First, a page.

I think we can all agree that YouTuber books are a thing. Publishing companies have become infatuated with the massive viewing numbers an internet star like PewDiePie or Zoella tends to rake in. I think we can also agree that criticizing YouTuber books is a huge thing, too.
Whether you work for Vice or not, you've definitely judged at least one book brought out by a YouTuber. That's understandable. In a year that saw Dan and Phil, Tyler Oakley and PewDiePie all release books, you probably have the distinct feeling that a YouTuber book is waiting for you at every corner. But, even if that's the case, is it such a bad thing?
YouTubers like Tyler Oakley are constantly subject to headlines like the one above. Kyle Smith, a New York Post writer, describes Tyler Oakley as the following.
Despite being a "chortling youth", Tyler Oakley's autobiography, Binge, climbed to the top of the New York Times Best Seller's list in a matter of days. Tyler probably didn't imagine getting a book deal when he first started recording videos in 2007. But that was not the nature of the industry then. Today, book deals are common among internet stars with large followings. If you author a viral tweet that gets in front of the right pair of eyes, you could get a book deal.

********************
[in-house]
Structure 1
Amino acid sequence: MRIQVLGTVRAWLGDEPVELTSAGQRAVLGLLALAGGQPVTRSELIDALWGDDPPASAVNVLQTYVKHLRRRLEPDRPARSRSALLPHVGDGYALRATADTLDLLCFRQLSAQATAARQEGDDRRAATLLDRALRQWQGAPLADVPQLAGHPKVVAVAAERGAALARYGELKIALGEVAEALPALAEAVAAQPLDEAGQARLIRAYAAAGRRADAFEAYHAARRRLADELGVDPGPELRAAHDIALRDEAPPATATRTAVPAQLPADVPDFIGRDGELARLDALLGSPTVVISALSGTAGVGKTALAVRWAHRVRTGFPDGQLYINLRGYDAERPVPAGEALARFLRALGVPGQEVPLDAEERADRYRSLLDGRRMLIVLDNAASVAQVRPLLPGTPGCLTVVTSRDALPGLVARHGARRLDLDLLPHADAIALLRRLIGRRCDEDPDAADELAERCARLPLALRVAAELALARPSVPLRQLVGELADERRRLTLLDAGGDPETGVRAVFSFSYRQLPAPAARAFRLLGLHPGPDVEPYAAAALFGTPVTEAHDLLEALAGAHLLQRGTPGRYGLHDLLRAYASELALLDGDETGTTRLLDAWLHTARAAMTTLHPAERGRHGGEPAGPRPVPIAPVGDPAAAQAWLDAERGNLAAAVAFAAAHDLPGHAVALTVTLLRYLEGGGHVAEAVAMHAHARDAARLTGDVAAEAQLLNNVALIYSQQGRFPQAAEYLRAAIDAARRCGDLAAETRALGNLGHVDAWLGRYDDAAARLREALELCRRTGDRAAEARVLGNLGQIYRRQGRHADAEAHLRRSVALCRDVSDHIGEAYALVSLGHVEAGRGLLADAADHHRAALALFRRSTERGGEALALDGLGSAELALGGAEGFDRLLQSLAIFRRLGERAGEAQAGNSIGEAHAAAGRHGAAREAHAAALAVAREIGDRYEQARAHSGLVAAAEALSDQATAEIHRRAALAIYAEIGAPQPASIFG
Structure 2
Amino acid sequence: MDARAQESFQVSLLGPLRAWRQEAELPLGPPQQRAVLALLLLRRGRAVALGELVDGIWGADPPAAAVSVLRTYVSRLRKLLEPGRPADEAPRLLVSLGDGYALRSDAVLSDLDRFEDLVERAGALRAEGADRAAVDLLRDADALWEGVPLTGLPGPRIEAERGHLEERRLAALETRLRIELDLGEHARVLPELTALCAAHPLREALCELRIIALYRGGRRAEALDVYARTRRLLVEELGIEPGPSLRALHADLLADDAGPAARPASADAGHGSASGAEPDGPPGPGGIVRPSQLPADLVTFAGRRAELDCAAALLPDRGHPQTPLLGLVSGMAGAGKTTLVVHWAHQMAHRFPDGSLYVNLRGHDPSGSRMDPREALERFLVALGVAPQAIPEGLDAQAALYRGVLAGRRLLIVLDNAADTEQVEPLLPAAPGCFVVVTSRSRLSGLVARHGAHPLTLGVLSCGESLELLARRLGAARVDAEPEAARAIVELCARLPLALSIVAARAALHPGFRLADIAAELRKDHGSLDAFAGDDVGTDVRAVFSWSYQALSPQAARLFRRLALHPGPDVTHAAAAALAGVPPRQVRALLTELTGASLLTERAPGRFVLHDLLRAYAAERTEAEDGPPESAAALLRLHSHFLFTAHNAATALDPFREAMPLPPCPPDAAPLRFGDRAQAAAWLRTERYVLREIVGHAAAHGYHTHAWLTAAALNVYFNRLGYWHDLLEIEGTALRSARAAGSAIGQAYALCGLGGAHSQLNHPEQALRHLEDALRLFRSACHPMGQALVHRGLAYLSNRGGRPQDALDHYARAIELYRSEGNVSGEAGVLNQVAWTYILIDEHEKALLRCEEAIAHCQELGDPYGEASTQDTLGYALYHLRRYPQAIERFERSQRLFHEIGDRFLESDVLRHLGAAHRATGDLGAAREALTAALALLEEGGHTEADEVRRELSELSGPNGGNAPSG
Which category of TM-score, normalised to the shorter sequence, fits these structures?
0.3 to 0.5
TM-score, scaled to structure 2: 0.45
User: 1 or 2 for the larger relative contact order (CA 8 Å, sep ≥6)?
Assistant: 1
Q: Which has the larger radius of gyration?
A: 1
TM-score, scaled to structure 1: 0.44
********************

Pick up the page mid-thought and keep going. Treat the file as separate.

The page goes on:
Then there are the books that draw some fair criticism. Alfie Deyes' Pointless Book was described by the Guardian as "a bit like the activity sheets given to children in museums and on planes to keep them quiet". Alfie's book was a commercial success but a critical flop and drew a lot of comparisons to Wreck This Journal. But does it matter?
The fans were happy with the book, the book didn't physically hurt anyone, and we can only assume the proceeds went to maintaining and cultivating Alfie's slow transition into Harry Styles. Everyone wins.
Not all YouTuber books are created equal. Of that, we're sure. But I think its fair to assume most YouTubers accept book deals to advance their careers. The same thing applies to professional athletes, actors, chefs, and other public figures who accept book deals without actually being writers.
It's a way to make sure your brand can move forward and expand beyond your primary source of income. Our favourite YouTubers probably wont make videos forever. These books mean they can build a life for themselves beyond sitting in front of a camera.
image via New York Times
While some YouTuber books are definitely a load of old bollocks, I think it's time we pull back the criticism and respect the hustle. Anyone putting in work to ensure they can find themselves in a position to write a book is clearly on their grind. And who knows, one day you could be the one at the heart of a ghostwriting controversy.